An article published online on May 9, 2016 in JAMA Internal Medicine (ME Johansen and C Richardson. Estimation of potential savings through therapeutic substitution.) presented estimates of “excess expenditure due to branded drug overuse when a lower-cost generic in the same class with the same indication was available” between 2010 and 2012. The “excess expenditure” in the US was $10.9 billion for statins, $6.12 billion for proton pump inhibitors, and $5.53 billion for angiotensin receptor blockers. None of the drugs in any of those drug classes has a narrow therapeutic window. Well-documented therapeutic inequivalence between brand-name and FDA-approved generic products has not been reported for any of them.
Many publications write about drug prices. The Medical Letter is one of the few that tells its readers what those prices actually are. Looking back at our most recent article on Drugs for Lipids, published in 2014 (an update is in preparation), we see that the wholesale acquisition cost for a 30-day supply of generic atorvastatin at the lowest recommended dose was $10.50, compared to $147 for the same amount of Lipitor. Generic simvastatin cost $4.20, compared to $186.60 for Zocor. In our article on Which PPI? published about a year ago, the cost for a month’s supply was $16.30 for generic omeprazole, $218.70 for Prilosec, and (bizarrely) $16.80 for Prilosec OTC. In the 2014 article on Drugs for Hypertension, our table showed that the wholesale cost for 30 days of generic enalapril was $3.00, compared to $135.50 for Vasotec.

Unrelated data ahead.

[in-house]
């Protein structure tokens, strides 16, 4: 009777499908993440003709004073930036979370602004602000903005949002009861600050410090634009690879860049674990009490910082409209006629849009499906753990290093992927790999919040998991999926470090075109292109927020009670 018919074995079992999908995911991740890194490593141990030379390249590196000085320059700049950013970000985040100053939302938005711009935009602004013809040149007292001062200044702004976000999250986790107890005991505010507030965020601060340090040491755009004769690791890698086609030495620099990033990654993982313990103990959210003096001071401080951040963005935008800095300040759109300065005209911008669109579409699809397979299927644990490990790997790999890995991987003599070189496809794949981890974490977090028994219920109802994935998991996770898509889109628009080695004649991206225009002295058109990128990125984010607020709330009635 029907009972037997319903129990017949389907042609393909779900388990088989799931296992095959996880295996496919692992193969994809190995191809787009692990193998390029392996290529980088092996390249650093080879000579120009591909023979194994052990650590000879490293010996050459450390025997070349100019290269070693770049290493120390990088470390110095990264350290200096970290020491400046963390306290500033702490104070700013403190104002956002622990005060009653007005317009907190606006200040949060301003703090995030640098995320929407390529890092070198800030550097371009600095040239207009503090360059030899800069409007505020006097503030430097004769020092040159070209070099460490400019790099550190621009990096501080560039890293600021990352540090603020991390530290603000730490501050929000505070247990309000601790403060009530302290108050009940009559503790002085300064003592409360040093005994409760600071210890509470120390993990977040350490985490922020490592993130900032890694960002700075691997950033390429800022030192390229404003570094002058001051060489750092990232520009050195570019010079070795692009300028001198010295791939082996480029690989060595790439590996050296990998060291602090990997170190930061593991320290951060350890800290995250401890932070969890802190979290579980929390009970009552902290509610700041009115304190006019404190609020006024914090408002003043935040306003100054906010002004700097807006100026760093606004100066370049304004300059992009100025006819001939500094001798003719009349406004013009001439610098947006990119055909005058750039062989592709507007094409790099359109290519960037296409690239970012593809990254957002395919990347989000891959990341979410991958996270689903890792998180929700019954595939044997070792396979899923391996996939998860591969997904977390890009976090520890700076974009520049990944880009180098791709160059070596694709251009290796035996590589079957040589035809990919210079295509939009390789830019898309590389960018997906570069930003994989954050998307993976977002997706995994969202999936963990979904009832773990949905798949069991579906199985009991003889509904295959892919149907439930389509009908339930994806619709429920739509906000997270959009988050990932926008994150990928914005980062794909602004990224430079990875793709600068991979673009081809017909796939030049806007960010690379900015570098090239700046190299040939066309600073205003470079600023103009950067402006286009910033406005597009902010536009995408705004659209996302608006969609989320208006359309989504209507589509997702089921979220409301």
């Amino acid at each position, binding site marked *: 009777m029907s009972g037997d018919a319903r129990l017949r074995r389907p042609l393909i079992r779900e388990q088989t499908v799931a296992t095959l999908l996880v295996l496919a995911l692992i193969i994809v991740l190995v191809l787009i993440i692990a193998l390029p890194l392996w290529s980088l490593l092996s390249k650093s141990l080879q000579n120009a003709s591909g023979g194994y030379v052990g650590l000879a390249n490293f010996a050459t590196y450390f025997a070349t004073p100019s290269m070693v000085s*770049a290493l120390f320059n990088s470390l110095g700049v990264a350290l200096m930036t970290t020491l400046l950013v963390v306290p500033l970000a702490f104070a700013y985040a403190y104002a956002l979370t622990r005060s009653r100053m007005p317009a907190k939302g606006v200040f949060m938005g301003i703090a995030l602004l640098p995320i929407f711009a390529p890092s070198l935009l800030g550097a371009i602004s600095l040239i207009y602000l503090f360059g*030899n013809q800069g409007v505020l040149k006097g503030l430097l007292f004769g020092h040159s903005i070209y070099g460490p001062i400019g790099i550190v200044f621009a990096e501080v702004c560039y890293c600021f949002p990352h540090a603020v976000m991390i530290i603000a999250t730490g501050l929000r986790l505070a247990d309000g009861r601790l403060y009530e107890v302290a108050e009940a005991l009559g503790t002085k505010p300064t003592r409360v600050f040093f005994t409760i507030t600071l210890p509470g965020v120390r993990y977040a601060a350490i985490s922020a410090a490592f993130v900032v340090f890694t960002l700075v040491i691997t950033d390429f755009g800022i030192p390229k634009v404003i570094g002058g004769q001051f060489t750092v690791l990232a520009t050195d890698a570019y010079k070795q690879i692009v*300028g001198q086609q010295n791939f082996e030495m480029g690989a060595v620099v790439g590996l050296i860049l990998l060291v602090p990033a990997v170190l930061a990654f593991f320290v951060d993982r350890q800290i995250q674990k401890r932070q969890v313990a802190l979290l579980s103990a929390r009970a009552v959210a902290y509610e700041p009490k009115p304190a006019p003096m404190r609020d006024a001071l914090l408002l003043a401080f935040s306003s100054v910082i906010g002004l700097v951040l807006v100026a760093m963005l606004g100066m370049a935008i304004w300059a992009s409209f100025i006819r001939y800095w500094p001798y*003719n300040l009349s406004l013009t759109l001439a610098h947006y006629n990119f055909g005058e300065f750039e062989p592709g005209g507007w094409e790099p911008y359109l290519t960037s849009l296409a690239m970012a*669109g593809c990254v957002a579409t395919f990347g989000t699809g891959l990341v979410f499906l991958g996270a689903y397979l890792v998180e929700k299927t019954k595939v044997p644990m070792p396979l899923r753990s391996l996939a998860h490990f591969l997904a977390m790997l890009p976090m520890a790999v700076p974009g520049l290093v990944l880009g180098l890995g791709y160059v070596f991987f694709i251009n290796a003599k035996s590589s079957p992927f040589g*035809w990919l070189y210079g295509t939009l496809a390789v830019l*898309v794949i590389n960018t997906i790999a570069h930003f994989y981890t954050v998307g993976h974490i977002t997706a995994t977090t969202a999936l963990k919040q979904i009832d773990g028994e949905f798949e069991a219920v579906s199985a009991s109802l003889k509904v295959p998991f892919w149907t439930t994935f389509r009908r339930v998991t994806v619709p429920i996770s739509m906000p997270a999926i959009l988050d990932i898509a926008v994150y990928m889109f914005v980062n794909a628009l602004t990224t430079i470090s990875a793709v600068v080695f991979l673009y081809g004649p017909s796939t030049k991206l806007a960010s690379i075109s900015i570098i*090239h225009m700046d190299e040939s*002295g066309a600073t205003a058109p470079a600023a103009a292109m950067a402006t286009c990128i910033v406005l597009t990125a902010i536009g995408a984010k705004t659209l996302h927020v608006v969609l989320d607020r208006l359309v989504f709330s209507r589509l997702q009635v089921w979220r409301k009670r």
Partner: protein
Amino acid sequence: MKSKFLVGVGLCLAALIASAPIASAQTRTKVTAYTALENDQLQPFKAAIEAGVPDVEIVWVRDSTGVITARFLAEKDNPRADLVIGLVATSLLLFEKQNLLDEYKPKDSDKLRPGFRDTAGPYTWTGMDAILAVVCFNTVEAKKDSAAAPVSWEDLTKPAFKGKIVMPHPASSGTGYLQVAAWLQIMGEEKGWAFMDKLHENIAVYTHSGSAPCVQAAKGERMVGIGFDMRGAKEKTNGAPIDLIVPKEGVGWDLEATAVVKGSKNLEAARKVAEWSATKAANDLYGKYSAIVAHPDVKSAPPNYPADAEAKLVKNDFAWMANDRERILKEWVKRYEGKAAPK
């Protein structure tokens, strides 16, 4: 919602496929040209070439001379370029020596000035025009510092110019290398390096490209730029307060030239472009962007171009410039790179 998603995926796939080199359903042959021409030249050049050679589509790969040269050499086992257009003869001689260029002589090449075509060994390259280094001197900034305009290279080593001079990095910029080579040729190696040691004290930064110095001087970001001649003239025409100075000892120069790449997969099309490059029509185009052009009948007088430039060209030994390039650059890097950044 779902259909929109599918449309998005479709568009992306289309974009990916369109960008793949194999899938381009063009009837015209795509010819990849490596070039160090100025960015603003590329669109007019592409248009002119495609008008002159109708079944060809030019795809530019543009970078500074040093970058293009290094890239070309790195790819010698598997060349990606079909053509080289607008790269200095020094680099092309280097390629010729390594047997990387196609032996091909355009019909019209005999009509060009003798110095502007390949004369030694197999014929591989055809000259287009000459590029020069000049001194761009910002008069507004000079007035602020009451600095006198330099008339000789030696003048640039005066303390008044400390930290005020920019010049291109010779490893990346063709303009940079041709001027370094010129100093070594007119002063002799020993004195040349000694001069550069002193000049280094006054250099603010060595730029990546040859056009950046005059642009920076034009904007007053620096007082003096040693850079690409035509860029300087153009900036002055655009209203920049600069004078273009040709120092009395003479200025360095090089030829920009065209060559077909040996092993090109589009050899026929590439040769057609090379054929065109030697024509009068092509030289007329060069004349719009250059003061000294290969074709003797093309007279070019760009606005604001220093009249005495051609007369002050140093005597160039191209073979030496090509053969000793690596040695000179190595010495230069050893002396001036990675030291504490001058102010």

Clearly, many clinicians feel more comfortable prescribing brand-name drugs. And for many of us, that is still our prerogative. But maintaining awareness of the existence of generic equivalents and the huge disparities in cost between some of them and their brand-name counterparts seems like a good idea. And one way to do that would be for you and your institution to subscribe to The Medical Letter. You could save billions.